The best Tennysonian
elegiac pastoral is like this: it moves effortlessly from a particular situation to a general statement about the state of the world, and expands its pastoral landscape to include the implications of elegy.
We may not want grand Tennysonian
inversions, but we do demand a syntax capable of the occasional complex sentence or a diction that shows even a trace of verbal ingenuity.
He then took up a theme he had fully discussed in his earlier books on English poetry, the change in English literature from Tennysonian
formality to a revolutionary fresh use of current English in poetic utterance that became the poetic idiom of poetry of the twentieth century.
Malcolm (Donald Grody), the resident eccentric, a retired scientist in sarong and earring, delivers all manner of Darwinian and Tennysonian
wisdom to the audience in stagey head tones.
It is true, of course, that the original reception of Four Quartets, and its persistent canonization as an essentially Tennysonian
poem, have prevented it from being read as a repetition in which the past is re-configured.
Both poets sought a pentameter that would sound more natural, less orotund and Tennysonian
, and in doing so they reintroduced into the line (deliberately or otherwise) a feature that had hitherto (as the following table shows) characterized only the specifically oral medium of Shakespeare's dramatic verse: catalexis, or the omission of nonbeatbearing syllables in the line:
Huxley, argued that nature was violent, competitive, in the Tennysonian
phrase "red in tooth and claw," the antithesis of morality, so that morality in fact arose in opposition to the evolutionary tendencies of nature.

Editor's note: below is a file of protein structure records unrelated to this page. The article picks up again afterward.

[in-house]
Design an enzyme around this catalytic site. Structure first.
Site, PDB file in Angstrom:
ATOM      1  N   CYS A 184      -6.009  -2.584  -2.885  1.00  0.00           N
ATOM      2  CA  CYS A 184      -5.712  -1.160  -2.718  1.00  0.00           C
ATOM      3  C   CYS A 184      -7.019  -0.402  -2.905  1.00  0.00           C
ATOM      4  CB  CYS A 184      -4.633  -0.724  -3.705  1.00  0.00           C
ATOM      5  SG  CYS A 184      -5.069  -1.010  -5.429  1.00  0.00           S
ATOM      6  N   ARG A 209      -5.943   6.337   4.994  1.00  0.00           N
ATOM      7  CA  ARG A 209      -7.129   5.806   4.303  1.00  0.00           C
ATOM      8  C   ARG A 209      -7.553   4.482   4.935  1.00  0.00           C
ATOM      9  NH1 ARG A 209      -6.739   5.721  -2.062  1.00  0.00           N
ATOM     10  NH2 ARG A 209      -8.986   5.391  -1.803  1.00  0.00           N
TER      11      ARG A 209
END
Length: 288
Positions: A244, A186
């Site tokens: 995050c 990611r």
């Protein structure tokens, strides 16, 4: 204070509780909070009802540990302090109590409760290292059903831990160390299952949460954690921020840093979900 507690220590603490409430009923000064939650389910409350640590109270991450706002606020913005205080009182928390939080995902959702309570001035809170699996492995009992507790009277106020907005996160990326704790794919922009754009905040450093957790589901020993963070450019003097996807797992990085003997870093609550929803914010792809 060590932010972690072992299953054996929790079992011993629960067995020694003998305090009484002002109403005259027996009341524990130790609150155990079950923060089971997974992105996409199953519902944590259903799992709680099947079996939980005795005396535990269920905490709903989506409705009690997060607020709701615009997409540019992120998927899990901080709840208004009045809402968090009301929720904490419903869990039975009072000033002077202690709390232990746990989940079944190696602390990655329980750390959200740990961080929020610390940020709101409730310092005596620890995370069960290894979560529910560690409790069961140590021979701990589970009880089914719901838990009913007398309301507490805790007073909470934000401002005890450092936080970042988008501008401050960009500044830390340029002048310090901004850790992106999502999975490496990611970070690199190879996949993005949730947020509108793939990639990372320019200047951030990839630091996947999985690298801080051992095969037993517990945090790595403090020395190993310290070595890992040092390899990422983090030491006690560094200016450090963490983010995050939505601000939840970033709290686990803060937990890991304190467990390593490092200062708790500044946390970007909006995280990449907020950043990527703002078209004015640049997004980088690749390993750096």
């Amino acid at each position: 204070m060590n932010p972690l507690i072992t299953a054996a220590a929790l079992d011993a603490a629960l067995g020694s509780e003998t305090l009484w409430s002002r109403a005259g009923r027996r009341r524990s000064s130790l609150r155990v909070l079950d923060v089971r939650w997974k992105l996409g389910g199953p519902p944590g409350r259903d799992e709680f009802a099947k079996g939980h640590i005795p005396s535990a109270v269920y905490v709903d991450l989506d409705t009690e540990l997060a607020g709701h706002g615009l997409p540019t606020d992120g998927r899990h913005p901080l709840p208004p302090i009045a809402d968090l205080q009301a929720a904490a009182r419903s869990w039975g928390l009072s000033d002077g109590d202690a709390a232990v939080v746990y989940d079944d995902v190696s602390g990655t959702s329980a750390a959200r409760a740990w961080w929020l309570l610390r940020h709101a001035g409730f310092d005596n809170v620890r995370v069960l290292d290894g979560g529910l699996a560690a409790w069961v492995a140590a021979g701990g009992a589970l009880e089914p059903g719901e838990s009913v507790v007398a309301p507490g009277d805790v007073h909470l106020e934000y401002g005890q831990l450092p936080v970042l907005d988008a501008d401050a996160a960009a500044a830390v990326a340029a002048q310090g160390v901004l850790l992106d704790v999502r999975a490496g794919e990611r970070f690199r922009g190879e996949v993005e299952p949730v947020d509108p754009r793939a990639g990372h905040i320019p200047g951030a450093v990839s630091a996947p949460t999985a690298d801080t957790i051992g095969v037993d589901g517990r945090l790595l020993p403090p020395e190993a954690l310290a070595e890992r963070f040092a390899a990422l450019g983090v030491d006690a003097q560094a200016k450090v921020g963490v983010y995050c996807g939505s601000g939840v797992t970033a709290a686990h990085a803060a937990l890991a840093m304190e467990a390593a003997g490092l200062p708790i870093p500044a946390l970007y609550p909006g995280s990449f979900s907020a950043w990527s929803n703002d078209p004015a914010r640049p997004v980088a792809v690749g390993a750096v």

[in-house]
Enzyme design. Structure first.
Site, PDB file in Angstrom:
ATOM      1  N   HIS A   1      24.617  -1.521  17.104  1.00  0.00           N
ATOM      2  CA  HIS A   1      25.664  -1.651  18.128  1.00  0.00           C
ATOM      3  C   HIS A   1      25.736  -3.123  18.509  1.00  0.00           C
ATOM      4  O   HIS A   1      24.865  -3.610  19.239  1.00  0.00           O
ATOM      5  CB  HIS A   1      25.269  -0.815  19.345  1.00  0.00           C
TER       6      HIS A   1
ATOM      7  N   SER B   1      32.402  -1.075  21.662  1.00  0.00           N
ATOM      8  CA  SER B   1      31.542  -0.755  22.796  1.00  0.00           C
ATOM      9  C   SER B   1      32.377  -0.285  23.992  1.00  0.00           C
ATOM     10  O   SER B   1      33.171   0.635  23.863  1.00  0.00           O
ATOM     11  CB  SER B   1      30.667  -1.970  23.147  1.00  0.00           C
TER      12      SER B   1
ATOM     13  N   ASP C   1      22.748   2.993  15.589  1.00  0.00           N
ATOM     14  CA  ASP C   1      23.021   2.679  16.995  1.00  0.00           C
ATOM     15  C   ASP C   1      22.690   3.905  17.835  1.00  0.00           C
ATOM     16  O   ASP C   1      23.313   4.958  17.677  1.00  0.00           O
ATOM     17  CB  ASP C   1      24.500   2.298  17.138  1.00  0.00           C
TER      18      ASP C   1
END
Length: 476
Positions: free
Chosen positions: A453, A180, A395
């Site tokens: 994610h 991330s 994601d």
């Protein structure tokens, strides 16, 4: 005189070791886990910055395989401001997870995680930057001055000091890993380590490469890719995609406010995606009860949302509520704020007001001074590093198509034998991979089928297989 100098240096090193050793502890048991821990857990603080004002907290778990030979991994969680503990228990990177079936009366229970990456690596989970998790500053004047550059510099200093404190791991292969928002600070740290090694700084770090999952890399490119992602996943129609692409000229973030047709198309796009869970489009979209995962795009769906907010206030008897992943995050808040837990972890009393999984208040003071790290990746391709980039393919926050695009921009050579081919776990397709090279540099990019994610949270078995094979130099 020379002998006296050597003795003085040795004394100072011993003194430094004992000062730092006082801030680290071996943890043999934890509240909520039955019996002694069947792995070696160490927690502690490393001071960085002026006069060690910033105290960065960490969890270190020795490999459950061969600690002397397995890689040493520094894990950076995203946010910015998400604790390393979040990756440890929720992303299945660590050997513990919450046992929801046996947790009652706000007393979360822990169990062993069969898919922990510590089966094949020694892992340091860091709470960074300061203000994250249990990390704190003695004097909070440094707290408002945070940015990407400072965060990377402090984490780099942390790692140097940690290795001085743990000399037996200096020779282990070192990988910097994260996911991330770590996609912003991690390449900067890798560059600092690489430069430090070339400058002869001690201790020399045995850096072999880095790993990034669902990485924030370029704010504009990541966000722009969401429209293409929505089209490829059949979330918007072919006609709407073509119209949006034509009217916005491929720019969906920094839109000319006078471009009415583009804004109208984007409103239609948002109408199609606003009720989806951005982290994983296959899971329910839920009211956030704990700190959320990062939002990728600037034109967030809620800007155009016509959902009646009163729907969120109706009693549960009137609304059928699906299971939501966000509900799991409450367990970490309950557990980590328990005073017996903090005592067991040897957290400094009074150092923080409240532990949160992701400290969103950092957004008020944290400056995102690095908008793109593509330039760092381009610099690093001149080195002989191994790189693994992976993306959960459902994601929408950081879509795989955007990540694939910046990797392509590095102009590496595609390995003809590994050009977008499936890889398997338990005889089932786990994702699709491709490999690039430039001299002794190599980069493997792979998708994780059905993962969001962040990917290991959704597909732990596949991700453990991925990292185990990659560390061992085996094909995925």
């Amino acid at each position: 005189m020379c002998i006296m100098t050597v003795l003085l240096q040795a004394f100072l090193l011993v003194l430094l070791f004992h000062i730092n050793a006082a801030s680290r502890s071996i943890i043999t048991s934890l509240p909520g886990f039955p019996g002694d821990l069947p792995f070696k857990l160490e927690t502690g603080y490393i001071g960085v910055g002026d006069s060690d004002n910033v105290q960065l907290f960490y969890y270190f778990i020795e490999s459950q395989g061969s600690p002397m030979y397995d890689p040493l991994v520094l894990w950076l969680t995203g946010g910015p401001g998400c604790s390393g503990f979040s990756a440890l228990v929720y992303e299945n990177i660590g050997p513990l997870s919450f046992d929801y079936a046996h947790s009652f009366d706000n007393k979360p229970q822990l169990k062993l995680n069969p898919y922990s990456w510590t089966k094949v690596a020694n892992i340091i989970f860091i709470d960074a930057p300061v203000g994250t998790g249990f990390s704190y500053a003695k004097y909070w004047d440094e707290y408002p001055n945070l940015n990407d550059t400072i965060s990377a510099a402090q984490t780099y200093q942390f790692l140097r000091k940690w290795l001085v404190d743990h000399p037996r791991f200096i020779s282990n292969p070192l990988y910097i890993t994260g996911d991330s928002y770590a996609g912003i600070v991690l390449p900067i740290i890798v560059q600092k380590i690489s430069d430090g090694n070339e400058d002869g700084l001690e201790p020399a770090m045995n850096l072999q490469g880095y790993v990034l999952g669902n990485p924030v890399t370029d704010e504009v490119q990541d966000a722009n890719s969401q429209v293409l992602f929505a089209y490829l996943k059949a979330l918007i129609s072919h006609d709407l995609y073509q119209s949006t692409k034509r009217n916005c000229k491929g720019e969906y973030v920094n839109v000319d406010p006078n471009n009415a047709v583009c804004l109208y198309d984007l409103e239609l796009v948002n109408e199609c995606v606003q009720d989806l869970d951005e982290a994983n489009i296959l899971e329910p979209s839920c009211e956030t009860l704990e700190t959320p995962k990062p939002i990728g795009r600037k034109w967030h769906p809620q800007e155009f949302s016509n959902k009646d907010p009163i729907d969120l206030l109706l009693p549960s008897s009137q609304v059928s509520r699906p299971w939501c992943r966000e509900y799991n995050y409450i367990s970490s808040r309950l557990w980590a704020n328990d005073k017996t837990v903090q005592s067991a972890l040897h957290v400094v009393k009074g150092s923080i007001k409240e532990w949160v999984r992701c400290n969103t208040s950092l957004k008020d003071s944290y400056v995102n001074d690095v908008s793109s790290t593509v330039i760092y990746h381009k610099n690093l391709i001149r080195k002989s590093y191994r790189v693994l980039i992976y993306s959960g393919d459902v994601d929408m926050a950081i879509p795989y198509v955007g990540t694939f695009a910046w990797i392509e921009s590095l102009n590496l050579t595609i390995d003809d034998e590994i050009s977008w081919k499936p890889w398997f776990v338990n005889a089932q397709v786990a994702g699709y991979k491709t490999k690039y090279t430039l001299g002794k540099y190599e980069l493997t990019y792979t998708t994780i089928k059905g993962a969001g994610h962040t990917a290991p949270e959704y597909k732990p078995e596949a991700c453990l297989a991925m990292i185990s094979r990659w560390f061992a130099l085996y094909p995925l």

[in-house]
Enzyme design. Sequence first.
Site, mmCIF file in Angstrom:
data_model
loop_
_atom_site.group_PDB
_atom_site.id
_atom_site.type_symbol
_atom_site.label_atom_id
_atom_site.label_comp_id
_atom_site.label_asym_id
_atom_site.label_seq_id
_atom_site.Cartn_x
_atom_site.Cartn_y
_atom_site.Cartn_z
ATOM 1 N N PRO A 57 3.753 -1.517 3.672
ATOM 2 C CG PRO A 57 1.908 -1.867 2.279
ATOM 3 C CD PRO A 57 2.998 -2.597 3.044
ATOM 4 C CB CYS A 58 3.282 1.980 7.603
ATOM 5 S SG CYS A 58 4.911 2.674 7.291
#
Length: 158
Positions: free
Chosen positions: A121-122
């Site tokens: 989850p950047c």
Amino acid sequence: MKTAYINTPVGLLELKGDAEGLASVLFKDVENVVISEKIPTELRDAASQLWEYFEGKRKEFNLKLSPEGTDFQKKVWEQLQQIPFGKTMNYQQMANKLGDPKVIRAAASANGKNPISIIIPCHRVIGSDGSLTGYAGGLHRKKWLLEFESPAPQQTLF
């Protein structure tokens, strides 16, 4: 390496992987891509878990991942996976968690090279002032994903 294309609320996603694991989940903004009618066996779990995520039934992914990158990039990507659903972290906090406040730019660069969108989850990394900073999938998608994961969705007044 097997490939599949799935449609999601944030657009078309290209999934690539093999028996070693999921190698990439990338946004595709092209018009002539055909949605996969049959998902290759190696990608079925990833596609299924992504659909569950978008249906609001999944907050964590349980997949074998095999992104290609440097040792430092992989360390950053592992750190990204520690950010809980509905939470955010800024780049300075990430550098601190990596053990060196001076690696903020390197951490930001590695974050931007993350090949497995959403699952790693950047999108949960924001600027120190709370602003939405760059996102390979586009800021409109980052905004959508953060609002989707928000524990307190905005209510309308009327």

Despair (the Tennysonian
"breaks, breaks, breaks") would be more like it.
With opening sequences involving various historical kings inter-marrying or sparring off each other, it sometimes seemed as if the production design (a touch of Mad Max meets Excalibur) occludes the legitimacy of the inherited notion - for most of us Tennysonian
- of the Arthurian ideal.
And, as a production of Britain's recently exalted Poet Laureate, the Tennysonian
ode mentioned by The Examiner testified in the most explicit of ways to the final transformation of the military hero into an abiding national icon: "Mourn for the man of long-enduring blood" the "Ode on the Death of the Duke of Wellington" incited its readers: "Mourn for the man of amplest influence,/Yet clearest of ambitious crime,/ Our greatest yet with least pretence" (25, 28-30).
understanding of passion is made absurd.
The Keatsian and Tennysonian
tones of Duncan's language honor the deep romanticism of his own procedural and imaginative biases.